Opponents also charged that Abdallahi demonstrated autocratic tendencies, pointing to the arrest of a journalist and publisher from independent newspaper Al-Hurriya on charges of defamation as an apparent attempt to limit criticism of his administration. The president had also come under pressure for allegedly favoring officials from the ousted Taya government in making appointments.
Mauritanian politics has traditionally shied away from the ideological, focusing on the ability of leaders to snare tangible gains for their tribe, clan, ethnic group or locality - a state function crucial in a society marred by grinding poverty and the absence of effective state institutions and structures in many areas.
"I think that the root cause of the political crisis in Mauritania [is] the hike in food prices. That forced the government to dissolve the whole cabinet and appoint a new cabinet [in May]," Zounmenou said, adding, "The reaction of the government failed to take into account the realities of the country."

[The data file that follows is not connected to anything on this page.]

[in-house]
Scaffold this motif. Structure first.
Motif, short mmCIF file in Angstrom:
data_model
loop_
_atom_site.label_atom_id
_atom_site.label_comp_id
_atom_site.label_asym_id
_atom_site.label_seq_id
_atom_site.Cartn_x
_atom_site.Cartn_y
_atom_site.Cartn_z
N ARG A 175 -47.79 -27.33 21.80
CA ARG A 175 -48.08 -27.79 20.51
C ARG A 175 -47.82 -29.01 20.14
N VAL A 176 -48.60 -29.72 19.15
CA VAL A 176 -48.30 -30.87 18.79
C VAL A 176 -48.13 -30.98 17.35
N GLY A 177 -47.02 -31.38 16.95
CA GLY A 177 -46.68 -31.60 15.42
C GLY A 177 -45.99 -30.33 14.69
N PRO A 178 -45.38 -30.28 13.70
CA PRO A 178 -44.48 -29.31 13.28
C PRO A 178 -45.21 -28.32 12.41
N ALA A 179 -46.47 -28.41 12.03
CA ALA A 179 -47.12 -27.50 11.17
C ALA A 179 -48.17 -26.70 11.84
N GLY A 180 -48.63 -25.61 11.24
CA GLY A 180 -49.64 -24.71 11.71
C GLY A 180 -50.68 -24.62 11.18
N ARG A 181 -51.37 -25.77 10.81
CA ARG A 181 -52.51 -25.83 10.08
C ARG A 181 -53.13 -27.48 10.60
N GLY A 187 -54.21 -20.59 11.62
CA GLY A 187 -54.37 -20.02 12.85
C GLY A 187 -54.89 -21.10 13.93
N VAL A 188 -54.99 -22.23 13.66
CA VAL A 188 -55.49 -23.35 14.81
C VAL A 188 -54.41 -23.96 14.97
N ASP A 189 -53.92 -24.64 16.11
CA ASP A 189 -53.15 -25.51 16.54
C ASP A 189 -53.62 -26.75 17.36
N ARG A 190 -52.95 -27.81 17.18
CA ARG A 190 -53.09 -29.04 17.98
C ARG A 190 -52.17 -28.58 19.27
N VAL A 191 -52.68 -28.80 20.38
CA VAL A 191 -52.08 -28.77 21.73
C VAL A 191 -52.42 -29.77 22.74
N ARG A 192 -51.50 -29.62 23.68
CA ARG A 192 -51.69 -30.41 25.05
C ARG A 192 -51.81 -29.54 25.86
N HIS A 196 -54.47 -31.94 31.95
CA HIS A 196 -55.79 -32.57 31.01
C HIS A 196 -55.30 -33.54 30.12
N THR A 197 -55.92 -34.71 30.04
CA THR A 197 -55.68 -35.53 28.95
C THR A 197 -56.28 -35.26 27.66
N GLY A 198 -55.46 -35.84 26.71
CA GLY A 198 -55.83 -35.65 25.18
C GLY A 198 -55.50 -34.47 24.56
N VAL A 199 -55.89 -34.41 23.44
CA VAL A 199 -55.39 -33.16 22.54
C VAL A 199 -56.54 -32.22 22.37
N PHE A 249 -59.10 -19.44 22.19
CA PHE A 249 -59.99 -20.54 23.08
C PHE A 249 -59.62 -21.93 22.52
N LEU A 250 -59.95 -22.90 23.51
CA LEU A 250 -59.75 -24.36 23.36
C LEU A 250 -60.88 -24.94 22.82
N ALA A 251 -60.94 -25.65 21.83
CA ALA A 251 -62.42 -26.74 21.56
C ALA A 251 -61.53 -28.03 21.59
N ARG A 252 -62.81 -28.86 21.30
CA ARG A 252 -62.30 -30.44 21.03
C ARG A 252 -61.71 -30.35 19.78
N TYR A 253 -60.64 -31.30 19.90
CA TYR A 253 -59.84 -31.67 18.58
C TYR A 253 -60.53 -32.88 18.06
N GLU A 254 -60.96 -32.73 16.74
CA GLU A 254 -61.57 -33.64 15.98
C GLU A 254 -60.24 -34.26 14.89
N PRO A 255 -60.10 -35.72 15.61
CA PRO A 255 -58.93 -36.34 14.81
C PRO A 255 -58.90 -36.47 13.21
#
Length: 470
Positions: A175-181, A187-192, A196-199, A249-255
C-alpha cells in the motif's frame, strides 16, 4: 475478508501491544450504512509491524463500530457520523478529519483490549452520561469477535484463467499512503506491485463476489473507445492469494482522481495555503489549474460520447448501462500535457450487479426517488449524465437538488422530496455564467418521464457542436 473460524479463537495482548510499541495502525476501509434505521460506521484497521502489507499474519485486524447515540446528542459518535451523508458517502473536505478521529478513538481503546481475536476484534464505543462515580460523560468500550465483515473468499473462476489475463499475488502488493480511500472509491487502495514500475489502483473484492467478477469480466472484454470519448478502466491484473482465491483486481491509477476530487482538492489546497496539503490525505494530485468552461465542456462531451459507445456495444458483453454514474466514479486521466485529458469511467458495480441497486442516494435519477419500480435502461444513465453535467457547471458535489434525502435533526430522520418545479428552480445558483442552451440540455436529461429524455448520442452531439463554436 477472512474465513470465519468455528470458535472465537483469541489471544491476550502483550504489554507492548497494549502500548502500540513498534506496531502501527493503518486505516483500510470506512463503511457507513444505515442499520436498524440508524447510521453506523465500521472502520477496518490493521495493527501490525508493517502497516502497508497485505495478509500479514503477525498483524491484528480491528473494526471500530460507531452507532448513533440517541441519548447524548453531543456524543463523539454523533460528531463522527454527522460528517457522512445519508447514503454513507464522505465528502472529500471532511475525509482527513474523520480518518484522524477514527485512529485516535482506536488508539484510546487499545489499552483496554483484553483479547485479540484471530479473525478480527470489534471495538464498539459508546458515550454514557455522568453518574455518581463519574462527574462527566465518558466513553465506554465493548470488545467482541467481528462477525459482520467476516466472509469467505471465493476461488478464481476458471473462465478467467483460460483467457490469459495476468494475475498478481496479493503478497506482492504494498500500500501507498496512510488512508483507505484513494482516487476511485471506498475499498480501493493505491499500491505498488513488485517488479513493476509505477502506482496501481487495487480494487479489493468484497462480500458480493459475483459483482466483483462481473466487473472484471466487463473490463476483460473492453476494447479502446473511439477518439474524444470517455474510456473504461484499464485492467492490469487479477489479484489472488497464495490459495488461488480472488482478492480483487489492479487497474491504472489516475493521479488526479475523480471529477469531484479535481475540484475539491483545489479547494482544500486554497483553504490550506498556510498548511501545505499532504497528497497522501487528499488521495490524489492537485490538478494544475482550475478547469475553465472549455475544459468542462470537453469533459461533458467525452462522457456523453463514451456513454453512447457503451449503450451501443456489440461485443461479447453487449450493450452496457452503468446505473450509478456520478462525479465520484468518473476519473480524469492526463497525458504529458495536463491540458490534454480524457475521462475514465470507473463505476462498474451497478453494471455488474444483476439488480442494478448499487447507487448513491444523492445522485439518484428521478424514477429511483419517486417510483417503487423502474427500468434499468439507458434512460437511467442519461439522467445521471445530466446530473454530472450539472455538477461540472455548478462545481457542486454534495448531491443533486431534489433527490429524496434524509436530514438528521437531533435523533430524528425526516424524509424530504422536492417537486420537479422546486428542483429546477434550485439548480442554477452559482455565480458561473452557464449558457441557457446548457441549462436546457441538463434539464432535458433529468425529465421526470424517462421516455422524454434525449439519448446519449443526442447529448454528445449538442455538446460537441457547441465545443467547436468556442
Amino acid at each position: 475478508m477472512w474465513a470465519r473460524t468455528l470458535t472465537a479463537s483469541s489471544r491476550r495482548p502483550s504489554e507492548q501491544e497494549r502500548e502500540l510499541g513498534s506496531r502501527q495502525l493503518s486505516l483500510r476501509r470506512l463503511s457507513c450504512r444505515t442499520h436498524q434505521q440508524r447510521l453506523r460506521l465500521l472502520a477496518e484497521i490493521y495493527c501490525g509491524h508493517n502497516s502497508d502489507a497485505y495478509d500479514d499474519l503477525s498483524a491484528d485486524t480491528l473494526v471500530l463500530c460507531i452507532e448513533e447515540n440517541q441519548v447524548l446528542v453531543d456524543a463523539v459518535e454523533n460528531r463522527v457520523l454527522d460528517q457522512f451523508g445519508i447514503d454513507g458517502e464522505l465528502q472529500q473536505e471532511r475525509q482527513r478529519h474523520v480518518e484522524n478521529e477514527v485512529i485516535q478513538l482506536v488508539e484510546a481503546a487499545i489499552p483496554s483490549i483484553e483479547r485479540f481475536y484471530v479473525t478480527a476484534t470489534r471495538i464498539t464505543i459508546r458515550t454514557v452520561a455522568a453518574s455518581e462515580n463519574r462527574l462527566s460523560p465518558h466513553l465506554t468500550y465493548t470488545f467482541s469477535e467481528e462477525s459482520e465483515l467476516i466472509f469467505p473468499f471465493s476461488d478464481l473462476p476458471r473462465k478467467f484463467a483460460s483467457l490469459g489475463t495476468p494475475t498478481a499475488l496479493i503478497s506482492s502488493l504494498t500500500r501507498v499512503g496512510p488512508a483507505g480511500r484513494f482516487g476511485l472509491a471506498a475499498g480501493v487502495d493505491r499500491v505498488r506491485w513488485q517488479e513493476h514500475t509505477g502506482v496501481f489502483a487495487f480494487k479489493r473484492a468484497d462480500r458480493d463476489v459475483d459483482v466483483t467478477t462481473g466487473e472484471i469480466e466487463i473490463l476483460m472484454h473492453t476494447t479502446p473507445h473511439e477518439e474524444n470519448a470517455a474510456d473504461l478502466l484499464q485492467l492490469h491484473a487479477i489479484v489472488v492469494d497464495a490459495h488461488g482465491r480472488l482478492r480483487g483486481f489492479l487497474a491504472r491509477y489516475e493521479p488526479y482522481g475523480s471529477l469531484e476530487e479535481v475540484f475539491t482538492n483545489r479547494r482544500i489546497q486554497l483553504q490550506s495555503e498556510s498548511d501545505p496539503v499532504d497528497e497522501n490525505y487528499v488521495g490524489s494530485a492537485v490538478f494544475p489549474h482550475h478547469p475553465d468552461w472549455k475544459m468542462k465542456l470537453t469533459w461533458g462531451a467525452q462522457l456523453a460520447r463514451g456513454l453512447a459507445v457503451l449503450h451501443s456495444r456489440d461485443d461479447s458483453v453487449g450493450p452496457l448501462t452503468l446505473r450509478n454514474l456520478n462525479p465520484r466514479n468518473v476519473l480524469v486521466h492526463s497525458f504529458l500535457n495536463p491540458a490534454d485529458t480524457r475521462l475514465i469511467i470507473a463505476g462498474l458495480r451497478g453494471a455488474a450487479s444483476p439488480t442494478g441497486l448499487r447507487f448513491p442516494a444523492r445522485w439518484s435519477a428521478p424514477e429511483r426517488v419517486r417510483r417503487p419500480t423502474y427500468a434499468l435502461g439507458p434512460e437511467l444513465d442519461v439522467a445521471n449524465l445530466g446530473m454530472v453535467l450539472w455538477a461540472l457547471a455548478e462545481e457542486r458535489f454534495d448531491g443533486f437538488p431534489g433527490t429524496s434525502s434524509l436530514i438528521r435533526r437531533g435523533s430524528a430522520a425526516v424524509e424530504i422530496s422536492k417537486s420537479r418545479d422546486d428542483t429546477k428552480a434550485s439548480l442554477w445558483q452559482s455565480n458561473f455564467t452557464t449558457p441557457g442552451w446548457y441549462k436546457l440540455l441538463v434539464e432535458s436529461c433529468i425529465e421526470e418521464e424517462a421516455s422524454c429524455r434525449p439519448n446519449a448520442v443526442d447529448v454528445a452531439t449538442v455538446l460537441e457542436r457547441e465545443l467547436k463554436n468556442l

Asked if the newly-installed junta is capable of addressing these underlying problems, Palmer said, "No, probably not. Mauritania doesn't have the capital markets tools to deal with inflation and it certainly doesn't have any answers in the short term to increase domestic food production."
The junta appears particularly concerned to placate US, EU and French concerns regarding its future actions and will be seeking the gradual reinstitution of bilateral ties and aid ahead of early elections.
In doing so, Abdel Aziz has sought to play on the military's role in anti-militant operations, cemented through involvement in the US Trans-Saharan Counterterrorism Initiative (TSCTI, 2005) and earlier Pan-Sahel Initiative.
The TSCTI involves the provision of military and civilian aid and assistance to a number of North African states, in a counterterrorism drive aimed at improving their capacity to deal with militant threats.
The US Government Advocacy Office released a sharply critical report last month castigating involved agencies for undermining US efforts in TSCTI states through their squabbling.
The report revealed that funding allocations to Mauritania has been relatively parsimonious, standing at US$18 million for the fiscal years 2005-2007 with a further US$6 million allocation expected this year. This indicates that Washington may view the threat of al-Qaida establishing a viable presence in the country as relatively minor.